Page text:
My style has been cultivated through decades of being a reluctant fashion victim and is restricted by my age and stature. “What ever assets you may have make the best of what you’ve got” (Time)
It’s a strange thing to be examining my own style but I’ll do my best.
Clothes were always just something that kept you warm and were purely a practical thing for me. My Dad was always smartly dressed but never appeared to think about clothes, I guess being in the Army and living within the conservative confines of England in the 1950’s and early 60’s dictated what he wore.
When London went psychedelic in 1967, I was three years old so by the time I was five, it was all velvet loons and long hair. TV was relatively young invention, and thankfully with it came the male style icons. The quintessential cool English Gentleman was John Steed, a character played by Patrick Macnee in TV show called The Avengers; while at the other end of the masculine style spectrum was Manchester United football legend George Best, who came from war torn Belfast. He was a perfect idol with long hair, looks to die for, perfection in fitness, balance and grace; while simultaneously maintaining a wild, womanising, hard drinking persona. One of my favourite cartoons as a child was called ‘Mr Ben’ which featured a bowler hat wearing businessman, who would visit a costume shop, take a costume into the changing room, put it on and go on an adventure appropriate to the costume.
Before I was ten years old Bolan, Bowie, The Sweet and Slade were on Top Of the Pops every week, and taking dressing up to a completely new level! Slade had made an early attempt at success dressing as Skinheads, although it never worked for them it was enough to be the favoured band of an army of skinheads. With three elder (fashion conscious) sisters it wasn’t long before I had three stylists on hand making sure that if their little brother was to be seen with them, he’d better look good! At the age of seven I made my first communion, while some of my peers were still wearing short trousers, I was wearing a double-breasted red/green two-tone tonic suit.
I was more into Football than clothes and fashion, but my best friend Sean was two years older than me, discovering girls and so always had to have the best clothes. Of course I couldn’t be seen with him, unless in proper attire. We were into the soul boy look of peg trousers, box jackets, small collared shirts and pointed shoes.
The mainstream was the American cool look inspired by a 1950’s Rock ‘n’ Roll revival, dominated by ‘The Fonz’ from Happy Days TV show. Showaddywaddy were leading a more English revival, and wore the Teds style drape coat, drain pipe trousers and brothel creepers – a look adopted and adapted later by punk rockers.
But things had got stale and so perfect for anti fashion of the Punk movement; which we obviously gravitated too, with our parents regularly announcing ‘YOU’RE NOT GOING OUT WEARING THAT’ – so we had to accessorise once we’d left the house!
Only a short bus ride away was King’s Road- the epicentre of the English Punk scene and so Sean and I made regular visits. We couldn’t afford to buy anything in ‘Seditionaries’ or ‘Boy’- the two main shops, but the designs were easily copied.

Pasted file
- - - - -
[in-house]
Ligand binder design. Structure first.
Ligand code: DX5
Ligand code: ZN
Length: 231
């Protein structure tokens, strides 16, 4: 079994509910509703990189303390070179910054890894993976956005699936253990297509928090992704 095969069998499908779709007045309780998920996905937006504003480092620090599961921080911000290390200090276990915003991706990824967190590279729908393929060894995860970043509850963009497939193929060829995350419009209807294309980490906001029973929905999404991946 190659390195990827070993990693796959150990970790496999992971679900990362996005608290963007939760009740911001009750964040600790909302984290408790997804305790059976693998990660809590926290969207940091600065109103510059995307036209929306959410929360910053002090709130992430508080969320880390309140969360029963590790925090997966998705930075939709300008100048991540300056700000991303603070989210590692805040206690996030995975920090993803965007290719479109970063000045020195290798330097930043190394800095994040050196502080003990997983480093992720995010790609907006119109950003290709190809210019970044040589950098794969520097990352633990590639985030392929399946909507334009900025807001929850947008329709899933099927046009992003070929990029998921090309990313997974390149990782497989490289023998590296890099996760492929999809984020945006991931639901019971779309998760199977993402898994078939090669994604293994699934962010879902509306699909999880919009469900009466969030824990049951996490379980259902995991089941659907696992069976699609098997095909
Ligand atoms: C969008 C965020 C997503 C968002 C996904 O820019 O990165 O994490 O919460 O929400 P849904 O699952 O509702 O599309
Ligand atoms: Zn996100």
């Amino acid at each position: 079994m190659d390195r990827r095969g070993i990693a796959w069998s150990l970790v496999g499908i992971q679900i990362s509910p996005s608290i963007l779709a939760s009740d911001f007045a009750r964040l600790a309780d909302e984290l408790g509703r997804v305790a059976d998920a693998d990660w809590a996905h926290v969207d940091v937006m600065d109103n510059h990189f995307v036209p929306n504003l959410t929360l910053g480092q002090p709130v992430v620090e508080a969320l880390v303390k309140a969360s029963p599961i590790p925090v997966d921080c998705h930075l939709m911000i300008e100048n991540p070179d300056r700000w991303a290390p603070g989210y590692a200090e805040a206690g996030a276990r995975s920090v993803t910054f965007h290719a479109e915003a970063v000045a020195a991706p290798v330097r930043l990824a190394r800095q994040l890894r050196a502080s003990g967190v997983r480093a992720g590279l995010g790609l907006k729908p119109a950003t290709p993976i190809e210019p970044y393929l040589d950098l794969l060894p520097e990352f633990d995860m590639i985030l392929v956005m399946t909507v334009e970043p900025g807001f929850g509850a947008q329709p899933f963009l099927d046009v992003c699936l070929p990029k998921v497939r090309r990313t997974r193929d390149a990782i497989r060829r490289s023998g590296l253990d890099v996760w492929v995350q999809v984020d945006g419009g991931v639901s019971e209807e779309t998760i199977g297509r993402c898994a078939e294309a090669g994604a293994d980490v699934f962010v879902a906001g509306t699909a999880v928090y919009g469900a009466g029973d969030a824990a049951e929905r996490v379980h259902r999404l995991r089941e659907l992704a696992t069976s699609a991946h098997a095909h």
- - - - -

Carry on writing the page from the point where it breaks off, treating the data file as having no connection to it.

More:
I was about fifteen years old when I found ninety quid in the street, so before I went home and my Mum would have advised me of the sensible thing to do. I hopped on a bus to Soho Market and bought my first ever motorbike style leather jacket, which was a copy of the Sex Pistols Great Rock’n’Roll Swindle.
The leather bike jacket was to be what I’d be wearing for 20 or so years, though not the same one. Levis and Dr Marten boots were and still are an essential, even when I briefly hung up the bike jacket in the early 80’s in favour of more Mod or Skinhead jackets- the Levi Jeans and DM’s were constant.
My style was always been dominated by the music I listening too, so I learnt about music, popular culture and street style simultaneously. I went through so many style changes during the 1980’s but luckily, I moved on a little quicker so was usually able to sell my old clothes to friends, before they fell out of fashion!
I have no idea in what sequence some of these changes happened but it went something like this….
Hippy…..And like that I stayed for a good length of time!
In late 2012 I started to take my music more seriously, and so made the decision that I needed to take my style more seriously too! Understanding that the two have always been so intrinsically linked in my mind. Folk singers in general dress very badly and I promise now- I will never perform wearing short trousers, socks and sandals or a beard!
I’ve always liked to wear bright colours from my punk days, as well as the classic sharp mod/skinhead look and being a short, fat, bald bloke in my 50’s I thought this wouldn’t look too silly, and like I was trying to dress like a much younger man. In the early 90’s when I was still in my arty scruffy phase; my best mate was hanging out with Brit-pop stars in London’s trendy Camden Town and went through a phase of wearing bright coloured Bowler hats and looked great in them. We’d both always loved that Clockwork Orange Droog look, so I adopted that and I’m so glad I did because it does stick in people memory.
So in conclusion my style is a combination of Droog, Punk, Mod, Ted and Skinhead.
- Punk 75%
- Mod 20%
- Skinhead 30%
- Geezer 80%
- Tart 20%
- Styleometer 100%